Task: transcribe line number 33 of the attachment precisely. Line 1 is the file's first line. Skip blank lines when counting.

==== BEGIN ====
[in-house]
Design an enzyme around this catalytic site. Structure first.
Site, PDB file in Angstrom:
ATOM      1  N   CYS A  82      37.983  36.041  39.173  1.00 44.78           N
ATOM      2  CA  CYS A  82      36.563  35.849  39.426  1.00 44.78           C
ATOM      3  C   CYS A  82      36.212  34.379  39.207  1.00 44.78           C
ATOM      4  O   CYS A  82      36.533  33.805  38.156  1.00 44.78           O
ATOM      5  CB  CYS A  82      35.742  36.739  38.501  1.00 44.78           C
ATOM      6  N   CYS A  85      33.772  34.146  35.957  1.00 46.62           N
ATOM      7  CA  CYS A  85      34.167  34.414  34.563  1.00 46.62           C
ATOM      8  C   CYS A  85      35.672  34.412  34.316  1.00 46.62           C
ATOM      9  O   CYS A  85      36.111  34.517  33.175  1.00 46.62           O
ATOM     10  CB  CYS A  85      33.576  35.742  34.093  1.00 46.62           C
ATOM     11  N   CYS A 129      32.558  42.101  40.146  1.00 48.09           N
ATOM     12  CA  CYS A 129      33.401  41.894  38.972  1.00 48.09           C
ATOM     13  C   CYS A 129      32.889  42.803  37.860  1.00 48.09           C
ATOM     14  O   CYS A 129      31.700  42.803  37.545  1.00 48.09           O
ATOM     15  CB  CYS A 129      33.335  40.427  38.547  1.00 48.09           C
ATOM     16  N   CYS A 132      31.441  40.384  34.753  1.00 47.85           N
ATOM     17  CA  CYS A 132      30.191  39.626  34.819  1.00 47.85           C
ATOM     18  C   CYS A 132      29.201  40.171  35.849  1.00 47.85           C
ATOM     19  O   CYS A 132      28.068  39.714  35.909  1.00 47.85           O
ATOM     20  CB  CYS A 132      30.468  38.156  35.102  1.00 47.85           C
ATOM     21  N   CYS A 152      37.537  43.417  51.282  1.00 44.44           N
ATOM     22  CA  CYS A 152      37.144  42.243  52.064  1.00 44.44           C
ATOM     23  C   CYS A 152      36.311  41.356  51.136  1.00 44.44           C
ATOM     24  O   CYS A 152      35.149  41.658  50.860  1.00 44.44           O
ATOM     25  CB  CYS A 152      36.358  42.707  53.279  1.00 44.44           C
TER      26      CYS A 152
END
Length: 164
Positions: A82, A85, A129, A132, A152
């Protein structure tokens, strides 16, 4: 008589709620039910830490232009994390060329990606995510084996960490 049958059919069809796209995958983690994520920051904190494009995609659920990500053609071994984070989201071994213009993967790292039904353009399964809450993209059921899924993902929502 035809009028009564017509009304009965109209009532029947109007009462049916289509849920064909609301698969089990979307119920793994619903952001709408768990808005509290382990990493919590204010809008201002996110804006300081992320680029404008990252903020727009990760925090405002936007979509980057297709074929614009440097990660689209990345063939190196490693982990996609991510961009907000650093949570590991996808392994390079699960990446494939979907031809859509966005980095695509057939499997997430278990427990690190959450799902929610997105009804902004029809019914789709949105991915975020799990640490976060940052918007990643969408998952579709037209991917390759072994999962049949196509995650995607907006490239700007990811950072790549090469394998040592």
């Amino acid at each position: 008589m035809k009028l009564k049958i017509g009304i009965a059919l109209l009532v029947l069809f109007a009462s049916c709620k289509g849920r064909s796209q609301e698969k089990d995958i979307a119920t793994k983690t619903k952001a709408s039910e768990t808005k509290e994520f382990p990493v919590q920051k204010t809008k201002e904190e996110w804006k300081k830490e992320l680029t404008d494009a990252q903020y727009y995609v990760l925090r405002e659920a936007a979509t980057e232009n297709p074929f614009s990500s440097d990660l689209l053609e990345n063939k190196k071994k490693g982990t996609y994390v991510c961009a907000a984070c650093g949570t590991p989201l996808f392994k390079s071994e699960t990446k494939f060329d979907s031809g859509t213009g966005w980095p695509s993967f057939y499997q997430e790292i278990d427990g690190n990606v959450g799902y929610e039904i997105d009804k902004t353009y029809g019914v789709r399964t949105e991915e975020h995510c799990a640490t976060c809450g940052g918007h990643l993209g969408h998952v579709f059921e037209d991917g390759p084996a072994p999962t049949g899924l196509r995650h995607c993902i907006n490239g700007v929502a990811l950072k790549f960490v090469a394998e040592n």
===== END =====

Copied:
């Protein structure tokens, strides 16, 4: 008589709620039910830490232009994390060329990606995510084996960490 049958059919069809796209995958983690994520920051904190494009995609659920990500053609071994984070989201071994213009993967790292039904353009399964809450993209059921899924993902929502 035809009028009564017509009304009965109209009532029947109007009462049916289509849920064909609301698969089990979307119920793994619903952001709408768990808005509290382990990493919590204010809008201002996110804006300081992320680029404008990252903020727009990760925090405002936007979509980057297709074929614009440097990660689209990345063939190196490693982990996609991510961009907000650093949570590991996808392994390079699960990446494939979907031809859509966005980095695509057939499997997430278990427990690190959450799902929610997105009804902004029809019914789709949105991915975020799990640490976060940052918007990643969408998952579709037209991917390759072994999962049949196509995650995607907006490239700007990811950072790549090469394998040592």